We’ll take a little break from our hour of prayer to share a realization that I had.
Hypocrites are a big problem in the church. God declares a warning in Isaiah 29:13 that he reiterated in the New Testament about hypocrites.
The scary thing is that our prayers can be hypocritical – talking to God with our lips, but our hearts are far from Him.
The most interesting hypocrite in the Bible was a man anointed in the name of the Lord (1 Samuel 10:1). He prophesied (1 Samuel 10:11). The Spirit of God had come upon him (1 Samuel 11:6)
But soon he disobeyed God (1 Samuel 13:13), tried to kill his son (1 Samuel 14:44), lied to the prophet of the Lord (1 Samuel 15:13), and begged Samuel to help him save face (1 Samuel 15:30). In 1 Samuel 15:30 we see an interesting phrase that describes Saul.
He refers to YHWH as “the LORD thy God” – not his God.
Make sure that your life is not a monument to hypocrisy like Saul. An anointed leader of Israel who gave no sign of knowing the LORD.
Let’s look on our final day at Psalm 51. Often we look at confession as something insignificant. But David saw his sin as an offense against God. How severe did David see His sin as?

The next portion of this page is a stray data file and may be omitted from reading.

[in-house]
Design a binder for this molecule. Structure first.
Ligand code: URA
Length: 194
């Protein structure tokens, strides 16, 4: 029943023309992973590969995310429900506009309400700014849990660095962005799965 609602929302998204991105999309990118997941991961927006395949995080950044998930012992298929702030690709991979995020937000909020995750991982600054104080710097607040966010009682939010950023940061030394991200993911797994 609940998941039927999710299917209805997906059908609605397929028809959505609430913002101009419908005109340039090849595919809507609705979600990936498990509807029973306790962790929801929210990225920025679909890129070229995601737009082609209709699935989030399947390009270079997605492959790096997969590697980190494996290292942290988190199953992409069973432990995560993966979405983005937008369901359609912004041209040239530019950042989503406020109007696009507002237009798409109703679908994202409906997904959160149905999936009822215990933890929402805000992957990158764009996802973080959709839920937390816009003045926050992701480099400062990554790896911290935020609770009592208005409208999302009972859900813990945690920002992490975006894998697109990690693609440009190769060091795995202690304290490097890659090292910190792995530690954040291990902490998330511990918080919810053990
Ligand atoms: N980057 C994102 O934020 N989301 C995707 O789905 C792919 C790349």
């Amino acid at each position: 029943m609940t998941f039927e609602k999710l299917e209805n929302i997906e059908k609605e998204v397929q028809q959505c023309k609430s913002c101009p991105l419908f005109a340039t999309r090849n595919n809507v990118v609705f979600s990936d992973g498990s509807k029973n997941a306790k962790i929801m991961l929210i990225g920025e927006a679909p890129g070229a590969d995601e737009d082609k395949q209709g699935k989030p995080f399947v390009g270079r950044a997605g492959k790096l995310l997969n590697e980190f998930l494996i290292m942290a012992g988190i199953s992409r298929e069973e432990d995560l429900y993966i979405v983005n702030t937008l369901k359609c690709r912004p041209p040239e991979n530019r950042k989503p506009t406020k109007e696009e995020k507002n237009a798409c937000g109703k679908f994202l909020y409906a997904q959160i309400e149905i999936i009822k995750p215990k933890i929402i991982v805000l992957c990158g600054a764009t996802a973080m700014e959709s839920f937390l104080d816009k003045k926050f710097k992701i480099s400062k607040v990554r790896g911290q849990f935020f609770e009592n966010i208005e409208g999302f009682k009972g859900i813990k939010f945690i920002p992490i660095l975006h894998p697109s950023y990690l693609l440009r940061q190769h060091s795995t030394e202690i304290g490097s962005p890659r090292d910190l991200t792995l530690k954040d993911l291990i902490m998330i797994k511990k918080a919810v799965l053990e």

Have mercy upon me, O God, according to thy lovingkindness: according unto the multitude of thy tender mercies blot out my transgressions.  Wash me throughly from mine iniquity, and cleanse me from my sin.  For I acknowledge my transgressions: and my sin is ever before me.  Against thee, thee only, have I sinned, and done this evil in thy sight: that thou mightest be justified when thou speakest, and be clear when thou judgest.  Behold, I was shapen in iniquity; and in sin did my mother conceive me.  Behold, thou desirest truth in the inward parts: and in the hidden part thou shalt make me to know wisdom.  Purge me with hyssop, and I shall be clean: wash me, and I shall be whiter than snow.  Make me to hear joy and gladness; that the bones which thou hast broken may rejoice.  Hide thy face from my sins, and blot out all mine iniquities.  Create in me a clean heart, O God; and renew a right spirit within me.  Cast me not away from thy presence; and take not thy holy spirit from me.  Restore unto me the joy of thy salvation; and uphold me with thy free spirit.  Then will I teach transgressors thy ways; and sinners shall be converted unto thee.  Deliver me from bloodguiltiness, O God, thou God of my salvation: and my tongue shall sing aloud of thy righteousness.  O Lord, open thou my lips; and my mouth shall shew forth thy praise.  For thou desirest not sacrifice; else would I give it: thou delightest not in burnt offering.  The sacrifices of God are a broken spirit: a broken and a contrite heart, O God, thou wilt not despise.  Do good in thy good pleasure unto Zion: build thou the walls of Jerusalem.  Then shalt thou be pleased with the sacrifices of righteousness, with burnt offering and whole burnt offering: then shall they offer bullocks upon thine altar.